Dear Diary, today I felt very sad. A bird pooped on me. Why?

Was that a haiku? I don't know. It felt like one, isn't that what counts?

See what I did there? Is it a question whether that is the question, or just.... Damn it random guy #5,903,454,104, we need to focus, the future of humankind is at stake! Maybe my thoughts are a bit scattered because we need to make a big decision that'll affect pretty much everything along the line. Just clear your mind, open your mind, open your miiind.

Should we use the unorthodox RDF-approach? No? Well perhaps there is no good and bad answer here. Okay okay, I think this will be reasonable:

- If we are able to enforce a triple-like structure on our unlabeled directed graph using author defined consistency-rules and querying that data will become just as simple as querying for triplets in SPARQL, then it's okay for us to use unlabeled relations.

For us being able to create rules, our naive graph is no longer sufficient. We need to know what nodes in the graph are meant as relation-types and what nodes are meant as relation instances. We need to know this because we can't define the consistency-rules without it.

Naive Graph |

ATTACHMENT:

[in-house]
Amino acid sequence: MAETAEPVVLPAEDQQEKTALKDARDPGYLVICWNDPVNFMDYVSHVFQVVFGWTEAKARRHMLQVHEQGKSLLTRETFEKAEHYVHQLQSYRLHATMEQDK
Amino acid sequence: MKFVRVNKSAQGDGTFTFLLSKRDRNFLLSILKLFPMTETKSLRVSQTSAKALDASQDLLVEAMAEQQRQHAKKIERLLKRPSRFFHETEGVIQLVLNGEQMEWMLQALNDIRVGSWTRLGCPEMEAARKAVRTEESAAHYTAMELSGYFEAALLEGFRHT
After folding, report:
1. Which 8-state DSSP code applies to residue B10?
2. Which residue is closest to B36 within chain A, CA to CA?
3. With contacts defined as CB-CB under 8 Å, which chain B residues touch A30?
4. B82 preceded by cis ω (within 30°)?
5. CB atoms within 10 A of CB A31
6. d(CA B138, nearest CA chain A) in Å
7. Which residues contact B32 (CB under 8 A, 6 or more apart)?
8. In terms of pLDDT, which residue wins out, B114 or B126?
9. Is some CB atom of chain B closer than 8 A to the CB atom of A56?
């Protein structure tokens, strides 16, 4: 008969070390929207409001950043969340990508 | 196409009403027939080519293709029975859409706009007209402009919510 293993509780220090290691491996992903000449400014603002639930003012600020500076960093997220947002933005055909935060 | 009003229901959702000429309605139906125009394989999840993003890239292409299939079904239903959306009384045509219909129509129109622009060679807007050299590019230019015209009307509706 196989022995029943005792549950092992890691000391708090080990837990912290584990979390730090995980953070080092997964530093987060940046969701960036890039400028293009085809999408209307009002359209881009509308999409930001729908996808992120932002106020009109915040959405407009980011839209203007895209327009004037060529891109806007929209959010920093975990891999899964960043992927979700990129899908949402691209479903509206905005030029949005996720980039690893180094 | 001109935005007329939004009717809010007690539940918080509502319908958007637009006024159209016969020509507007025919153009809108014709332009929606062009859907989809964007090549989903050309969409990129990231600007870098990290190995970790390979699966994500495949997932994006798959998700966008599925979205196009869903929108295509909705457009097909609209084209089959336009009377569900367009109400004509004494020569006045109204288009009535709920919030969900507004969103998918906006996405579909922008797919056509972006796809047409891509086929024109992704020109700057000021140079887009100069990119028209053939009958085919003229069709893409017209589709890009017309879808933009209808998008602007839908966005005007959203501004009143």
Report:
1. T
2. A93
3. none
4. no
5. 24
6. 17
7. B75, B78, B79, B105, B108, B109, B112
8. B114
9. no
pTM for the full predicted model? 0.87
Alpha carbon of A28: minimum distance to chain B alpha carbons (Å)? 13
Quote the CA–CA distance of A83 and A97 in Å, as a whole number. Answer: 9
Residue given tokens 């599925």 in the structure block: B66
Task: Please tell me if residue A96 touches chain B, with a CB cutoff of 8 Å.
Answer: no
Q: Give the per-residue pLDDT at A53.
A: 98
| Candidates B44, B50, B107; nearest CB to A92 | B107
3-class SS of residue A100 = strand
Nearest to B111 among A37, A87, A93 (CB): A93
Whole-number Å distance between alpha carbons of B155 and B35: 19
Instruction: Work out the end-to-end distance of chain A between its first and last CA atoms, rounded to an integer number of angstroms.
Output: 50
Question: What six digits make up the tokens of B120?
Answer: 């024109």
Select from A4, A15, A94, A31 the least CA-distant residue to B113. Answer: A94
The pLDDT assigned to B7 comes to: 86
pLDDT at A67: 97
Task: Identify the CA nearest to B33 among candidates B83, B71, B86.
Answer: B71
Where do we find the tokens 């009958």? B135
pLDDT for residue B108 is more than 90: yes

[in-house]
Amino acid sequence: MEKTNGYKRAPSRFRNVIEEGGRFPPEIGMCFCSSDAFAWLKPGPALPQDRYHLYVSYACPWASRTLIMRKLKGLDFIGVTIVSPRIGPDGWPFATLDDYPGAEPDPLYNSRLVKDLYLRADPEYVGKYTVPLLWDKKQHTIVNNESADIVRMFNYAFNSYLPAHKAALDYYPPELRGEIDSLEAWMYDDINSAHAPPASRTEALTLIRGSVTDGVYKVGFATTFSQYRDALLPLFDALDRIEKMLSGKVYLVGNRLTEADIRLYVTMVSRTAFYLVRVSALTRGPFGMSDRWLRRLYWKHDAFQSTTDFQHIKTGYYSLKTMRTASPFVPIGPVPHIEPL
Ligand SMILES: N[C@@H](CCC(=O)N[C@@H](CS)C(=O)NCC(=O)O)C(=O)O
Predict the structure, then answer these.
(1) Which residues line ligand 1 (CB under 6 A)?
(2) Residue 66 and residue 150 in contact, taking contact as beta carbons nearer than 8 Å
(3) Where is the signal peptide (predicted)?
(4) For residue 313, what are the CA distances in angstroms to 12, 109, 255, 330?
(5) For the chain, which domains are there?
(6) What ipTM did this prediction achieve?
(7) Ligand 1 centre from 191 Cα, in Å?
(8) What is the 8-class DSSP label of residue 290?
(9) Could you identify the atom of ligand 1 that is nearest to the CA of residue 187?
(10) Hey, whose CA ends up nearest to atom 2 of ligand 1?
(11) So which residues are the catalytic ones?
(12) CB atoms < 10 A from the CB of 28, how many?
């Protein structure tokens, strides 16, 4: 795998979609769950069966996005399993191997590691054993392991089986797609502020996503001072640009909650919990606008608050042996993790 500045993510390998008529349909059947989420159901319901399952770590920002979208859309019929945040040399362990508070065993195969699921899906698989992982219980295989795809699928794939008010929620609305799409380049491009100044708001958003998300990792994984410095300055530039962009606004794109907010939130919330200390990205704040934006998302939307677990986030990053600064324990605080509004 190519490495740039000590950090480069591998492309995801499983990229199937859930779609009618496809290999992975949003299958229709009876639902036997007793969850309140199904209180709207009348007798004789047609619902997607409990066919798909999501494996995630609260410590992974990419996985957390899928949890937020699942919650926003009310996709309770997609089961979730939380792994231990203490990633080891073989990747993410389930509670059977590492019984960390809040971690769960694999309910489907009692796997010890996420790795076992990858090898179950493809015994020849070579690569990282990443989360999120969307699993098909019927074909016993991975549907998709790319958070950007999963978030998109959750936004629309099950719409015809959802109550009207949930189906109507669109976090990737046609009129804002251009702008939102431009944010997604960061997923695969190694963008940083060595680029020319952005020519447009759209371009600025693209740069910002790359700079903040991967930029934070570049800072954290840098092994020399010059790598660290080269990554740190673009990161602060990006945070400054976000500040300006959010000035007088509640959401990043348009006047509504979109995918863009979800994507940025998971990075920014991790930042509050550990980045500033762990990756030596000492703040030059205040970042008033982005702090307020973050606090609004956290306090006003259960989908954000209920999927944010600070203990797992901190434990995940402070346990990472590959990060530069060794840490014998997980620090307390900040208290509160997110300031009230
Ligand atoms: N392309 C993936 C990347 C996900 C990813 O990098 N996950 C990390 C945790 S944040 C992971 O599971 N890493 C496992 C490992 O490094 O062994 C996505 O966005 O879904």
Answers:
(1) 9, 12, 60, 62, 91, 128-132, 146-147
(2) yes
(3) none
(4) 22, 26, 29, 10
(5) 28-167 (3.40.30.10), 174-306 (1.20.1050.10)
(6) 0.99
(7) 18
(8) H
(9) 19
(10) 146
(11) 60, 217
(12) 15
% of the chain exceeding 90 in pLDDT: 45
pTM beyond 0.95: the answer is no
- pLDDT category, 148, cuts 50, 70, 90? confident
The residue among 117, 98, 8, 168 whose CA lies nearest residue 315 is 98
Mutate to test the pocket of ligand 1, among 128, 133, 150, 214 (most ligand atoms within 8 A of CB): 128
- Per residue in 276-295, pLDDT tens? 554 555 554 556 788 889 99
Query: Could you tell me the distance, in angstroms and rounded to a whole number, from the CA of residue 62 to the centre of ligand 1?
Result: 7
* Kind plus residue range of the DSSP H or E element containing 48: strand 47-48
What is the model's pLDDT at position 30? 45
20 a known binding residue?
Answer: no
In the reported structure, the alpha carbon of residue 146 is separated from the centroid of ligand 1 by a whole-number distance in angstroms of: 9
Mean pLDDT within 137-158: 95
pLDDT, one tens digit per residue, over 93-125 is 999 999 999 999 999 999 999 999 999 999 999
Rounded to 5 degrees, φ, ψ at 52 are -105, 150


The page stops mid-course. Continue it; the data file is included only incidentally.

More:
More realistic 'messy' graph |

To enforce these typed relations I'd like to write these four rules:

Nr: | Rule: | Explanation: | Visual Representation: |

1. | `If` `Not [A] RelationType and` `Not [A] TypedRelationInstance and` `[A] [B]` `then it must be that` `[B] TypedRelationInstance` | If there is a 'normal' node [A] (not a typed relation instance or relation type), and that node has a relation so some other node [B], then that node must be a TypedRelationInstance node. | |

2. | `If` `[A] [B] and` `Not [B] TypedRelationInstance and` `Not [B] RelationType` `then it must be that` `[A] TypedRelationInstance` | If there is a node [A] that has a relation to some other 'normal' node [B] (not a typed relation instance or relation type), then that node [A] must be a TypedRelationInstanceNode node. | |

3. | `If` `[A] TypedRelationInstance and` `[A] [B] and` `not [B] RelationType and` `[C] RelationType` `then it must be that` `[A] [C]` | If there is a node [A] that is a TypedRelationInstance that has at least one other relation (to some normal node [B]) then that node must also have a relation to a node that defines the relation type. | |

4. | `If` `[A] TypedRelationInstance and` `[A] [B] and` `[A] [C]` `then it may not be that` `[A] [D]` | If there is a node [A] that is a TypedRelationInstance that has at least two (other) relations, then there may not exist a third relation. |